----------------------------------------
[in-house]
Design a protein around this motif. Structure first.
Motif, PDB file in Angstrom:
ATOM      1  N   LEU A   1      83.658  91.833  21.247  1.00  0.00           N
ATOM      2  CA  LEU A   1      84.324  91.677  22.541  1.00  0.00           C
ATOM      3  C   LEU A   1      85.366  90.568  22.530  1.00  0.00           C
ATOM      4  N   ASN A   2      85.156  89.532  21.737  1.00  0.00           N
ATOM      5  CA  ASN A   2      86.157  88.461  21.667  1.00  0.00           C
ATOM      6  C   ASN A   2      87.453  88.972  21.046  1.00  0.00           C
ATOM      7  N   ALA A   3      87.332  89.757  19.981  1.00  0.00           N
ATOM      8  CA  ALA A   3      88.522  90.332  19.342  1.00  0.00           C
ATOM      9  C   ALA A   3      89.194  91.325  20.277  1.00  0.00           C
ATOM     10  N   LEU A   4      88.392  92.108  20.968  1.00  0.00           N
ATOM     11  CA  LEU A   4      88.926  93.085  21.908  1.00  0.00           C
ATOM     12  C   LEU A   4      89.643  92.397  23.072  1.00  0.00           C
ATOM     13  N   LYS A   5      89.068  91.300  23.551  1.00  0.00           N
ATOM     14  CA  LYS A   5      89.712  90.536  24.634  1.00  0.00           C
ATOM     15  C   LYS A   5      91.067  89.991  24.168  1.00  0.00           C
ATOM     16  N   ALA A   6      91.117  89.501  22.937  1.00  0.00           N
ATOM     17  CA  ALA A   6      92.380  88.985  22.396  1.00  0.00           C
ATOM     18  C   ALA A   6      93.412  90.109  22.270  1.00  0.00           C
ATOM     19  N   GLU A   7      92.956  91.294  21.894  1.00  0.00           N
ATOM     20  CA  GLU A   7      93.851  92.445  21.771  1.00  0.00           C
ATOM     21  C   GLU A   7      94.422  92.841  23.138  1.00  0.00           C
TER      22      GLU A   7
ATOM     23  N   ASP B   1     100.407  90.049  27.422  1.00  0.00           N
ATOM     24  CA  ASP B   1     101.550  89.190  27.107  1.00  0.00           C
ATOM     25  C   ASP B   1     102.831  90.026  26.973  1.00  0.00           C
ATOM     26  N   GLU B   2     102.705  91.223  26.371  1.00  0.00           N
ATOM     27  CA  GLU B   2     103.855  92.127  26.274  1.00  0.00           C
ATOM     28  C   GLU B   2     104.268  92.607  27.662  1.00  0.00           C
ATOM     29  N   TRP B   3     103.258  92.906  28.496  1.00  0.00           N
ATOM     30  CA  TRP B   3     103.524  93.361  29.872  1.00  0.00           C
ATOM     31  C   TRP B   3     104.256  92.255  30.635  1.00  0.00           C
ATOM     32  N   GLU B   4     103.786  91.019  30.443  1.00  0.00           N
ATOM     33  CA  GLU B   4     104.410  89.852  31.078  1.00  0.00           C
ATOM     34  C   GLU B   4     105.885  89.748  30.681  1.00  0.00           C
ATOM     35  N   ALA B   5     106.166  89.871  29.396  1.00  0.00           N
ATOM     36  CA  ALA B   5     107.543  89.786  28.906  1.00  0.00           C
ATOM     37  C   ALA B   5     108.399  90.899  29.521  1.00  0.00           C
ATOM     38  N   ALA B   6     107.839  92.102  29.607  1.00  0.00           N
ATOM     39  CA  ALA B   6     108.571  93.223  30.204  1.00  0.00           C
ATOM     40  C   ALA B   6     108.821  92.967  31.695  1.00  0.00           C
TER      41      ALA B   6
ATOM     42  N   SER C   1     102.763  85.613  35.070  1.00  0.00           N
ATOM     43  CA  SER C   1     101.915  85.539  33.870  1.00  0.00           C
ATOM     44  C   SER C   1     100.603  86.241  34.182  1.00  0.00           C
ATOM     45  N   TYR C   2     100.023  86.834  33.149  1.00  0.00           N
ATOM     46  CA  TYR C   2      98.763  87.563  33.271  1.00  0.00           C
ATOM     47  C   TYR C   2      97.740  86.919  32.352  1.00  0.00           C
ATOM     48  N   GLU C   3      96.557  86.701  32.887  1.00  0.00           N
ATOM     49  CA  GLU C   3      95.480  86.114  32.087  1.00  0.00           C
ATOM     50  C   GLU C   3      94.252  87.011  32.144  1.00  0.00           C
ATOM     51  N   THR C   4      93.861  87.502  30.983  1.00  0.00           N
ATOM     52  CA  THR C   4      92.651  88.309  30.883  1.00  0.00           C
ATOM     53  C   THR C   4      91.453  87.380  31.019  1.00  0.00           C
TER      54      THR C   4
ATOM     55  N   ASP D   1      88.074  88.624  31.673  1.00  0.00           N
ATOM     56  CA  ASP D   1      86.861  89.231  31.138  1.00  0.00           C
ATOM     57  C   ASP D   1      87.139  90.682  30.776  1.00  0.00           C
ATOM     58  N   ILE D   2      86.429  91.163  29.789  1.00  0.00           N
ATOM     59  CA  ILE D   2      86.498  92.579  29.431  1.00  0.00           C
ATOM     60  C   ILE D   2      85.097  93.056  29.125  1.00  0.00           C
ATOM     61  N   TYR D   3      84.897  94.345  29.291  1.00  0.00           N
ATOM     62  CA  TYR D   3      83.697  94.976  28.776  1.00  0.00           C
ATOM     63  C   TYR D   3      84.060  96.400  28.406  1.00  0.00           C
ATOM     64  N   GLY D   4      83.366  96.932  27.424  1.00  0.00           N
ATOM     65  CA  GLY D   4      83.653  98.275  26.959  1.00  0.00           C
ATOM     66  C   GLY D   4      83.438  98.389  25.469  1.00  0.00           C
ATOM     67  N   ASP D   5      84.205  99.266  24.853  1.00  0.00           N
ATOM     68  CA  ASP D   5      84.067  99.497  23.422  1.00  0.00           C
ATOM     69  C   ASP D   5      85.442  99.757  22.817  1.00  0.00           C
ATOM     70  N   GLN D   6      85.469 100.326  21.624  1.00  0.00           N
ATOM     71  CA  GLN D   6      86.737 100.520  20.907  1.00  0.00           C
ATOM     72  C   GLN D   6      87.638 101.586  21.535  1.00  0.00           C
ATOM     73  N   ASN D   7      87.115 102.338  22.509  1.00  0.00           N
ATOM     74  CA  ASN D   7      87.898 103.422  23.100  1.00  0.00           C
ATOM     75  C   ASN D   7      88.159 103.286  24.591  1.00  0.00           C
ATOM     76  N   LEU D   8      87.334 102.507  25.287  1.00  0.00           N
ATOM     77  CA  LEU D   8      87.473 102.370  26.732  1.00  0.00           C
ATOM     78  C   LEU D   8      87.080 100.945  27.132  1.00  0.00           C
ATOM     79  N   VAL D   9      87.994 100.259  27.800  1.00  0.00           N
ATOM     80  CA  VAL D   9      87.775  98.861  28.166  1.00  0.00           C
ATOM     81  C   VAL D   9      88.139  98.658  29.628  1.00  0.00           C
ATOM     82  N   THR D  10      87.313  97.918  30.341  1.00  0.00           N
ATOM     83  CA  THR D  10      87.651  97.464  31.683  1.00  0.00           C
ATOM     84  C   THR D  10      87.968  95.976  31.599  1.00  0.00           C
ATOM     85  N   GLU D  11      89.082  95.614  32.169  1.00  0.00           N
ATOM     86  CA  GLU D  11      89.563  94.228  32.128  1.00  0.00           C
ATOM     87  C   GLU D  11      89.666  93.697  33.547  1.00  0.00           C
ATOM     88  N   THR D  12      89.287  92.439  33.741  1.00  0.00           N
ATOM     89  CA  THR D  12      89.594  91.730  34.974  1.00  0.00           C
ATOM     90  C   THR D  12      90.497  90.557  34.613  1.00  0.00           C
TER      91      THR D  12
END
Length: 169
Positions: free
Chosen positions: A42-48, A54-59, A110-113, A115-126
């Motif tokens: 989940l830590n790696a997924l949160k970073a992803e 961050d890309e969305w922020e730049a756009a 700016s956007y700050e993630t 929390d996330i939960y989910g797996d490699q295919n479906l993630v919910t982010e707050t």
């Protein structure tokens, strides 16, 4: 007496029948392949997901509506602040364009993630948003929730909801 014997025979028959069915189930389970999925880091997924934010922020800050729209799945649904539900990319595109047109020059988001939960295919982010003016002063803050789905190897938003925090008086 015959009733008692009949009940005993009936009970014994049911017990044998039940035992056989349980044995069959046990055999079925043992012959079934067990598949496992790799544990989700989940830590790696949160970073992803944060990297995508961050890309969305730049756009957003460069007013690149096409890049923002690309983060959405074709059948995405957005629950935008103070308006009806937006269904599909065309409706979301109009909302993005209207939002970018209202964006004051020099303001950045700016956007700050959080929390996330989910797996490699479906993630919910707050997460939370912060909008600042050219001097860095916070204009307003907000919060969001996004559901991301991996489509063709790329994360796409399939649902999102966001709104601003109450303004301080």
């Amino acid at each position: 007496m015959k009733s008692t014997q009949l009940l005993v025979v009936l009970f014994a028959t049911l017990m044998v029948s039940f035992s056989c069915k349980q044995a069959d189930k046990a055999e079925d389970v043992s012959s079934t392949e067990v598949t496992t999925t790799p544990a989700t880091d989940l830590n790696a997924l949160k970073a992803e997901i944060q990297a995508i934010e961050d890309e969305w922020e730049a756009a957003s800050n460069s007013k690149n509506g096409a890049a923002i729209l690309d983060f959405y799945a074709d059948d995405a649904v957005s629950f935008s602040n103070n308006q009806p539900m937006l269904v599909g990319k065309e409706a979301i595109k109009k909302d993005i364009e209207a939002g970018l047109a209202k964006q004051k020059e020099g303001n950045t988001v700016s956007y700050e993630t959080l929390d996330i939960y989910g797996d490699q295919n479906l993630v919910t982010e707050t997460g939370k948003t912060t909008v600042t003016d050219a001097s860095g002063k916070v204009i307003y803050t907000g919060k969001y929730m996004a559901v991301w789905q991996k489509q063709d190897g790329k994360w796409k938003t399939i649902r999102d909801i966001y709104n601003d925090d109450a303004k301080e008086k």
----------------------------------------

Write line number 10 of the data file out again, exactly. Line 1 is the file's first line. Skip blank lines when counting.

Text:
ATOM      7  N   ALA A   3      87.332  89.757  19.981  1.00  0.00           N